As hotel owners and operators desperate for revenue have offered their rooms to first responders, the homeless, those quarantining and even prison inmates, it should be no surprise that these same owners and operators are now partnering with co-working companies to offer their otherwise unoccupied rooms and empty public spaces to far more tame work-from-home employees. In late September, Proper Hospitality partnered with co-working provider Industrious to bring “work-from-hotel” offerings to Proper’s hotels in Austin, San Francisco and Santa Monica. Next, Proper plans to expand those offerings to its additional Southern California properties. Proper is just one of several traditional lodging (or gaming) companies (e.g., MGM, Mandarin and CitizenM, which we covered in a prior post) exploring the space, though Proper is one of the first lodging brands to partner with an experienced and well-known co-working provider. Although the partnership is scheduled only to run through mid-December, many feel that this partnership is likely a sign of things to come.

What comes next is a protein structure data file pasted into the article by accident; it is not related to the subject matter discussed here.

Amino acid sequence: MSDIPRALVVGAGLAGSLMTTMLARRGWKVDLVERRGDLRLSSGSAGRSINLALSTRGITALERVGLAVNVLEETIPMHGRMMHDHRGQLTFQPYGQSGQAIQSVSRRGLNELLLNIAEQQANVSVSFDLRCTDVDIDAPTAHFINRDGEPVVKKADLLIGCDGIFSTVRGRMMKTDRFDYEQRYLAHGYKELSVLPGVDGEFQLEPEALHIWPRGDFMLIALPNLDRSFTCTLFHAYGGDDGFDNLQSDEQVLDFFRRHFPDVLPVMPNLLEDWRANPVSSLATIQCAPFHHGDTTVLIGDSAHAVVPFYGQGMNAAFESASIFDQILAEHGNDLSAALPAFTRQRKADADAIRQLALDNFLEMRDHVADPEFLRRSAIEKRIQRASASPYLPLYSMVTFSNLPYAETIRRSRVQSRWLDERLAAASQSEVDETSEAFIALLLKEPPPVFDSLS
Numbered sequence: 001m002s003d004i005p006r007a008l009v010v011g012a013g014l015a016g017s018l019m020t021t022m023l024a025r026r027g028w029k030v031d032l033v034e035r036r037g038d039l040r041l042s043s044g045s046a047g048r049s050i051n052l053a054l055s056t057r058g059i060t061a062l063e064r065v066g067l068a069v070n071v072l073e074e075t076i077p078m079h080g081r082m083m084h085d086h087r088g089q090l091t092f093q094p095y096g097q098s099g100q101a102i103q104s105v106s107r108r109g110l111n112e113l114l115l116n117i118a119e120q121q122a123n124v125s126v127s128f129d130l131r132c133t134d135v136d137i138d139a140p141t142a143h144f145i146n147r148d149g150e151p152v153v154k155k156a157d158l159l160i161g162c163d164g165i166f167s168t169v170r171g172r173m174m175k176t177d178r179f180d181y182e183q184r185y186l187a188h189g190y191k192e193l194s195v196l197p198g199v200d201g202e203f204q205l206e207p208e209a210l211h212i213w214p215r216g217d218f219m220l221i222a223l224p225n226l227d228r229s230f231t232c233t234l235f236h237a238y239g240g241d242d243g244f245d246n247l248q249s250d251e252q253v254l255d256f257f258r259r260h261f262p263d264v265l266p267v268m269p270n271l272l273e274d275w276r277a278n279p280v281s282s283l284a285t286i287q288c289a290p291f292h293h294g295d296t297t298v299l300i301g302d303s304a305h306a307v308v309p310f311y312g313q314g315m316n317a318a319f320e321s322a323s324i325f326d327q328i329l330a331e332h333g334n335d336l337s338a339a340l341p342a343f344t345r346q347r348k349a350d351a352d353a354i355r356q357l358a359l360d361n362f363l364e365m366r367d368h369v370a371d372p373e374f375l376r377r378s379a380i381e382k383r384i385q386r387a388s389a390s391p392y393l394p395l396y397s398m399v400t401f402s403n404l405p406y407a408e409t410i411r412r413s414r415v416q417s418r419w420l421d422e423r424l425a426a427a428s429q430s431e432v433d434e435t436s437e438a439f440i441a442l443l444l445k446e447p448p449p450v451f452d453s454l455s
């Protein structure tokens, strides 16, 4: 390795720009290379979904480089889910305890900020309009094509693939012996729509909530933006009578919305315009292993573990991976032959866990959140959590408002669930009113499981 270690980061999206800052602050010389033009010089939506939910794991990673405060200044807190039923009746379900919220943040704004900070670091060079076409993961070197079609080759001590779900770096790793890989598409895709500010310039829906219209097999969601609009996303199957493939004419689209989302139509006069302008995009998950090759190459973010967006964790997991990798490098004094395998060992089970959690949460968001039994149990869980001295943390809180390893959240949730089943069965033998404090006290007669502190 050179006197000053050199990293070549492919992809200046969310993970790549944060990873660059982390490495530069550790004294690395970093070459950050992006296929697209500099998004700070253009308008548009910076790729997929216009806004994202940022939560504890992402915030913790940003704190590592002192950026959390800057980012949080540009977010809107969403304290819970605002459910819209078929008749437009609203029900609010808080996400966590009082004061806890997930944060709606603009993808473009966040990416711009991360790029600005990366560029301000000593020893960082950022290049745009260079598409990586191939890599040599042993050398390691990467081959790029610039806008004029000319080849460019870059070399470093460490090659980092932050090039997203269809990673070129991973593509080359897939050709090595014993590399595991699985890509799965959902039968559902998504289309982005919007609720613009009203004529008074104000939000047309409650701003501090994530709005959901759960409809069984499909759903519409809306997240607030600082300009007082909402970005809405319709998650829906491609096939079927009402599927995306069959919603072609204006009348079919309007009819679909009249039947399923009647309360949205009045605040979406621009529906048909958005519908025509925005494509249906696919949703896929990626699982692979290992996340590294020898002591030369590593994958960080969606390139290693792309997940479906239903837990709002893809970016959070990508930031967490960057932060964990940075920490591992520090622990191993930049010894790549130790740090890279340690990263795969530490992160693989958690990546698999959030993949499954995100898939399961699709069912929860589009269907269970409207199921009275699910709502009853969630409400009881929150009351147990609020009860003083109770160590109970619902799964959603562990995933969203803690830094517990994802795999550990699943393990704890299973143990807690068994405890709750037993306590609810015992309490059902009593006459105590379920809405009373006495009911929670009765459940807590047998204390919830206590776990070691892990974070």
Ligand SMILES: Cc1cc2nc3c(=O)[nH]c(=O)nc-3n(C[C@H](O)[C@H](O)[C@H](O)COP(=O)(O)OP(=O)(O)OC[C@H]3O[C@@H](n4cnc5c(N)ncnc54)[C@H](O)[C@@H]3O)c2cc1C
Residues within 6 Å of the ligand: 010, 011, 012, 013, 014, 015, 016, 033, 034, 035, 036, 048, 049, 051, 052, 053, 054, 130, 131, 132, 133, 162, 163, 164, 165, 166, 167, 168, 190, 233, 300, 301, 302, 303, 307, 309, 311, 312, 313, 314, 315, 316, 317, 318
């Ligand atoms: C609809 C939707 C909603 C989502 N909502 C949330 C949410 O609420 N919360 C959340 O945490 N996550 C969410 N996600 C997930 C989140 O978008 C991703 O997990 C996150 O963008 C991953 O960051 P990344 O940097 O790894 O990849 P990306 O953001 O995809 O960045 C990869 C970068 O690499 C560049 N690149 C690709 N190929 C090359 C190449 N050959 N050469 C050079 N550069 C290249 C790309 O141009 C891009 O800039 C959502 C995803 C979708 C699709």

With this week’s Update, we welcome Amazon back to the distribution discussion with its recent introduction of Amazon Explore. Enjoy.

OTA Insight Introduces Parity Certification Program for Distributors
(“OTA Insight launches Parity Certification Program for Distributors, Sep 29, 2020 via Hospitality Net - Latest Industry News)